Editor’s note: In the Sunday Chicago Sports section, a story on Jack Mortell’s involvement in Olympic speedskating said that Mortell received portions of medal bonuses from U.S. Olympians in 2002 in an arrangement approved by US Speedskating. The story also said the USOC code of ethics in place at the time barred any member of the U.S. Olympic delegation from accepting gifts of more than a nominal value. Mortell told the Tribune in an email, “USS Coaches and Olympic Staff have had medal bonus clauses in their contracts as far back as at least 1988 that I know of.” He said he considered the money a bonus that he earned for his contributions to the skaters’ achievements, not a gift.
Retired Evanston firefighter Jack Mortell has built a reputation as a person extremely knowledgeable and passionate about speedskating, earning himself recognition in the National Speedskating Hall of Fame as a contributor to the sport.
But critics say he has also contributed to creating the many problems that beset US Speedskating.
"(Mortell) sees whatever vision he wants and is going to make it happen, regardless of what anyone else says," Olympic champion Joey Cheek, a former US Speedskating board member, said.
A Tribune examination found the federation has long been plagued by financial and organization troubles. And Mortell is the lightning rod for those who say the federation's volunteer old guard has thwarted attempts to make changes that would move the sport forward.
"I do have a heavy hand," Mortell, 59, said. "I've got particular ways that I feel the sport should be run."
Mortell has also earned his supporters. "Jack's a pit bull," said Chris Weaver, a former federation employee.
Mortell has been, among other things: a skater, an Olympic coach and team leader, an international meet official, a board director and vice president. Most recently, he was a paid staffer responsible for the annual performance plan sent to the USOC for funding requests. He quit that post in July.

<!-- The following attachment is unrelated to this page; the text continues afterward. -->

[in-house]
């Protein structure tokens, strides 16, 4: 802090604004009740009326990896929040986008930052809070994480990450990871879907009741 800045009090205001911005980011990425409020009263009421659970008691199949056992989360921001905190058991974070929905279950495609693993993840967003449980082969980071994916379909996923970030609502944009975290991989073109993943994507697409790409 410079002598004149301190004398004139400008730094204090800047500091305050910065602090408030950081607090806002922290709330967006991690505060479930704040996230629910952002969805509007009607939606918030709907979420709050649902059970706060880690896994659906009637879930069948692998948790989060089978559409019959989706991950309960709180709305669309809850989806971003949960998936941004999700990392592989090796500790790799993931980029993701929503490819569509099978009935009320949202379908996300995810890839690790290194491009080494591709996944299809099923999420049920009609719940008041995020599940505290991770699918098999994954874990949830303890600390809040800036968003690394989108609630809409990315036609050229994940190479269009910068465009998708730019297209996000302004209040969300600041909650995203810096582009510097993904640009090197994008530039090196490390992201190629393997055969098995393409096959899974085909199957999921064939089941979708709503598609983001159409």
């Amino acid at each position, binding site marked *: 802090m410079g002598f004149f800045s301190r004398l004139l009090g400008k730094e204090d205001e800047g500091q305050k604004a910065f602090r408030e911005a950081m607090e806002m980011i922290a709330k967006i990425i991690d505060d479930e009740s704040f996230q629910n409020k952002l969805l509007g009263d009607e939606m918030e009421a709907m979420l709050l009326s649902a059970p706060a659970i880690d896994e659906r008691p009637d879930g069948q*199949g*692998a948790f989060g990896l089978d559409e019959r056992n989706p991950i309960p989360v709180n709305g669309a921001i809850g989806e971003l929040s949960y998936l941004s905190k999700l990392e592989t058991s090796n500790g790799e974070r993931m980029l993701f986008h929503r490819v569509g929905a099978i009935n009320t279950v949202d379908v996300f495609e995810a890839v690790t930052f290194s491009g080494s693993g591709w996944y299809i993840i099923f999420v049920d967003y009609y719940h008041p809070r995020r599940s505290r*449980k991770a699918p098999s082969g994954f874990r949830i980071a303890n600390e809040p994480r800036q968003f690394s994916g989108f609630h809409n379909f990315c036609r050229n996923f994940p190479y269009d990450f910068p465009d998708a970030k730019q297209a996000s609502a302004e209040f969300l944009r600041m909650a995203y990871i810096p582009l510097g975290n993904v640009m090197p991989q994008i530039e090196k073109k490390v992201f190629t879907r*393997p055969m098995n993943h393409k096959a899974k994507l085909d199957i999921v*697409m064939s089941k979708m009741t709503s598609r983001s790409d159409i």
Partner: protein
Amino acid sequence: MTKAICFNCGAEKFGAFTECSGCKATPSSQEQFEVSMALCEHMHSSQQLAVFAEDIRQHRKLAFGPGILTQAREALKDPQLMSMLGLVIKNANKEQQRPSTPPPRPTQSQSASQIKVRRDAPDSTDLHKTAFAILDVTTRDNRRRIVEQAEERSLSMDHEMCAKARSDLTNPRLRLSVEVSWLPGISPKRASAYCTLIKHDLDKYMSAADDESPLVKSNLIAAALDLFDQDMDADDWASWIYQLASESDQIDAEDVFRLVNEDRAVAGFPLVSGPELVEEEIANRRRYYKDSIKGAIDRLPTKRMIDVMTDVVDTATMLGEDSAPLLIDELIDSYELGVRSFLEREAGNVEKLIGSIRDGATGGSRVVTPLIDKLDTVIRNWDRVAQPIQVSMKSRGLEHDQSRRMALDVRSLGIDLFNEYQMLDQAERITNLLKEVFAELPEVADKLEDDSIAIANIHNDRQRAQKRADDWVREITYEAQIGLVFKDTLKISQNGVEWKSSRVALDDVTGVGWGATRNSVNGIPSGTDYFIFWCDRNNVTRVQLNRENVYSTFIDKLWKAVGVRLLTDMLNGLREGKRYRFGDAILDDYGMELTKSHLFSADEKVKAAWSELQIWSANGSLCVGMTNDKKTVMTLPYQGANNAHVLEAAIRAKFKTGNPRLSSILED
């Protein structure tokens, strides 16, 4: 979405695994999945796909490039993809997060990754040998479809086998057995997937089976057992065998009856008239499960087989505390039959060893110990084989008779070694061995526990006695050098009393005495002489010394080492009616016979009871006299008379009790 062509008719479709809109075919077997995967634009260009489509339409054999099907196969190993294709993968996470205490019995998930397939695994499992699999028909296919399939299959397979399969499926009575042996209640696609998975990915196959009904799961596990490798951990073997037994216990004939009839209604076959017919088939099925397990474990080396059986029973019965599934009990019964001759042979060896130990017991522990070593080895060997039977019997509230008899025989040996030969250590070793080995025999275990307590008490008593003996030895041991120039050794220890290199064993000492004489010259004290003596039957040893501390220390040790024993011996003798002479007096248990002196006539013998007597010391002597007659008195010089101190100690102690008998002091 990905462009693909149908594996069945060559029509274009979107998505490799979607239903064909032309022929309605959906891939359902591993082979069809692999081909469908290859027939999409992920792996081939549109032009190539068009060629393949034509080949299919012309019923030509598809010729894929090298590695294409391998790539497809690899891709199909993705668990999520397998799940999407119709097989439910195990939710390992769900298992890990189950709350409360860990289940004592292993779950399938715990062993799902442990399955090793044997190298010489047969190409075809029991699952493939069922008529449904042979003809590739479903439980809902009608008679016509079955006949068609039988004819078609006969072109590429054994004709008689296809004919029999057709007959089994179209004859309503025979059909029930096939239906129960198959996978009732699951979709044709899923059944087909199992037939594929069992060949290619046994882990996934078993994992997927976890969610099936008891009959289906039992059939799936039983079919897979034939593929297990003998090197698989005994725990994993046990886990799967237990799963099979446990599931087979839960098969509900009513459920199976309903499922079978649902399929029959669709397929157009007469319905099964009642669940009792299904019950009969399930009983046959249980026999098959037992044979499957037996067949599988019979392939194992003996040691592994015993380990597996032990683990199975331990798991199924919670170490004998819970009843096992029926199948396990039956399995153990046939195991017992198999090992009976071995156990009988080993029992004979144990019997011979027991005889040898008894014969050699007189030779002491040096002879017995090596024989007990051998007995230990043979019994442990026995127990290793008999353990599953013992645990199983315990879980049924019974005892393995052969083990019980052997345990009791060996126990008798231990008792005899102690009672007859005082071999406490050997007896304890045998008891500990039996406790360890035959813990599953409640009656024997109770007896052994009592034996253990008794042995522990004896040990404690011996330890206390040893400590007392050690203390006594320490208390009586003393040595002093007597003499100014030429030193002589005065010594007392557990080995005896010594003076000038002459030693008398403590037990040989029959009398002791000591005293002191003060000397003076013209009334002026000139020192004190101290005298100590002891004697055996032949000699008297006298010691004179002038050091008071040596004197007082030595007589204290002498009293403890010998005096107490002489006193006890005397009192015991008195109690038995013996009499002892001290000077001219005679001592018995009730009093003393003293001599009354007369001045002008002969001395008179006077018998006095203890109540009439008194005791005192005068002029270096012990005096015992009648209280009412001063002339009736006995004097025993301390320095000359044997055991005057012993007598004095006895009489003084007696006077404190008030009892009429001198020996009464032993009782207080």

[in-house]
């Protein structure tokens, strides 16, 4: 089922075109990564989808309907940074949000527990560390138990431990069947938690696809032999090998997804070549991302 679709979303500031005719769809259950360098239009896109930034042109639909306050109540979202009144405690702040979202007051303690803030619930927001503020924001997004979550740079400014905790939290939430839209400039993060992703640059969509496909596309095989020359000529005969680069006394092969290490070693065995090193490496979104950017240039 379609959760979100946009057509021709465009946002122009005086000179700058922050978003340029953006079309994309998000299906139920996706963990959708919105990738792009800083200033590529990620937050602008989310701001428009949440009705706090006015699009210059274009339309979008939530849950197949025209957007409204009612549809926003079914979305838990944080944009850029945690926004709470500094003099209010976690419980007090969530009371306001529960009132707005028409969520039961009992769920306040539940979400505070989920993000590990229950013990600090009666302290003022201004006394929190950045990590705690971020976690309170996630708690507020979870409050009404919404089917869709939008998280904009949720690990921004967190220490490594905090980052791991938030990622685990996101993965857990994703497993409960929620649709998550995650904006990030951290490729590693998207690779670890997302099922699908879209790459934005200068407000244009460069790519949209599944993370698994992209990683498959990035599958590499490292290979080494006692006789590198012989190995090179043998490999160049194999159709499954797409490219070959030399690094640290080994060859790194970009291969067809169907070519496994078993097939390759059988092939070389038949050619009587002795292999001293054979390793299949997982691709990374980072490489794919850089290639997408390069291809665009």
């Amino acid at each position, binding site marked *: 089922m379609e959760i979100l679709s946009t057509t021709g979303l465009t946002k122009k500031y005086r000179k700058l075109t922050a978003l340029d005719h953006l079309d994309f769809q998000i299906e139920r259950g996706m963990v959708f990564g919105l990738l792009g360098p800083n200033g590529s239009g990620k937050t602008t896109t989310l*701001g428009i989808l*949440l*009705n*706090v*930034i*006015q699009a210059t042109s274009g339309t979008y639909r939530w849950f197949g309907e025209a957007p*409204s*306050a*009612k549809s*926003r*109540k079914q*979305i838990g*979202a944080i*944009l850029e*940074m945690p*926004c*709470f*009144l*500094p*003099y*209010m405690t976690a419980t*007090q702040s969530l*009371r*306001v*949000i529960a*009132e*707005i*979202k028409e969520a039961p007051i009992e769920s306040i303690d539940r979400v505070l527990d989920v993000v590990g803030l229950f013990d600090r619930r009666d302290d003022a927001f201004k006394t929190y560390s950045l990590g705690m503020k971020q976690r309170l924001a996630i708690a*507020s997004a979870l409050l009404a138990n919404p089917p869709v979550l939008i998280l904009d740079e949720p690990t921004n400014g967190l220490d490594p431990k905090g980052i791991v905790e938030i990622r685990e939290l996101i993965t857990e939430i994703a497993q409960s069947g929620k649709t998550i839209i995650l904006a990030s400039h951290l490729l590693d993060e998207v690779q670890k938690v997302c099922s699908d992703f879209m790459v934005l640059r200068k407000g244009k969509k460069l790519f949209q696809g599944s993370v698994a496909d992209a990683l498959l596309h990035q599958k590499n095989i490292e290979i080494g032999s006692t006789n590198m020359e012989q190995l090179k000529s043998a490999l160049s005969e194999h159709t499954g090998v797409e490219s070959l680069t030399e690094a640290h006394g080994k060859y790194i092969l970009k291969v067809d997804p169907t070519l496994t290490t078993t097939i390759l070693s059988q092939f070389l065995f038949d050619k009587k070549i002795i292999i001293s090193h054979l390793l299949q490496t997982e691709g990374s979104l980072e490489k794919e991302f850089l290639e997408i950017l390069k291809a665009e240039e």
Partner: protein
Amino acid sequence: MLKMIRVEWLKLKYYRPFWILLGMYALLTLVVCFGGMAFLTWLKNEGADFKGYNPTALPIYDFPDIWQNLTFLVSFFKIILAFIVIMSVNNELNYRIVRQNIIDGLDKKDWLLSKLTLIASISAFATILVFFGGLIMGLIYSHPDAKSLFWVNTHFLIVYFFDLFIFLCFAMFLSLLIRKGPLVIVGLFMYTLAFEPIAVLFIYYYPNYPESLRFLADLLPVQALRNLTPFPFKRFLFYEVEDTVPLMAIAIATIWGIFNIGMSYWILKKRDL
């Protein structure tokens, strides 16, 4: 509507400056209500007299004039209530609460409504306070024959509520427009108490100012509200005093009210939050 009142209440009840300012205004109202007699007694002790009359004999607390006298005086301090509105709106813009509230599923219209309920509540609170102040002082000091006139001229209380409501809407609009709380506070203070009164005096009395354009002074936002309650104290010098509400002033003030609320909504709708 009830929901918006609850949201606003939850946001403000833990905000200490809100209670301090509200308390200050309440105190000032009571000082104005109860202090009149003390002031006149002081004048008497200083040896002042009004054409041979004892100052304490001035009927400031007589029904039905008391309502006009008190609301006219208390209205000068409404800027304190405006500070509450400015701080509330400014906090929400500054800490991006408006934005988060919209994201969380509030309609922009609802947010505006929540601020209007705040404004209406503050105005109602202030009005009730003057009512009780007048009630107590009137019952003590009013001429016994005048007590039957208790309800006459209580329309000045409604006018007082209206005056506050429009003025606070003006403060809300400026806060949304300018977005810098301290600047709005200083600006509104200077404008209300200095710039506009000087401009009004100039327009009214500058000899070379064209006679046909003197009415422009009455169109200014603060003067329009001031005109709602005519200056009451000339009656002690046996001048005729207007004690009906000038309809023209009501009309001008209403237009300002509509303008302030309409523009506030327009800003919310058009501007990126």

At the 2002 Winter Games, Mortell was team leader, a position that is part factotum, part troubleshooter for the athletes.
In an arrangement approved by US Speedskating, Apolo Ohno gave Mortell $5,000 and Rusty Smith gave him $1,250 as portions of the medal bonuses they received through a federation sponsor, according to Mortell and federation letters signed by then-executive director Katie Marquard informing him of the bonus
He used the money to help buy a 1979 Mercedes-Benz 450SL roadster, according to Mortell and vehicle records obtained by the Tribune. Hagerty, which specializes in collectible car insurance, gives an average car of that make a value around $9,000.
The U.S. Olympic Committee code of ethics in place at the time specified that members of the U.S. delegation — athletes, coaches, officials, team leaders — could not accept gifts of more than a nominal value. Members were expected to follow the rule. Mortell said he was unaware of it.
Marquard declined comment. Ohno and Smith could not be reached for comment.
In 1994, Mortell resigned as short-track coordinator and agreed not to be employed with the federation for at least a year because of his actions in a dispute with an Olympian, according to a settlement agreement published in a skating newsletter. Neither side admitted guilt, according to the agreement.
But Mortell soon returned. As a board member, he said, for a while he spent once a week every month at the federation offices in Utah. He also helped write the contract for the short-track coach.
"You can paint me any way you want," he said. "My job is to win Olympic medals."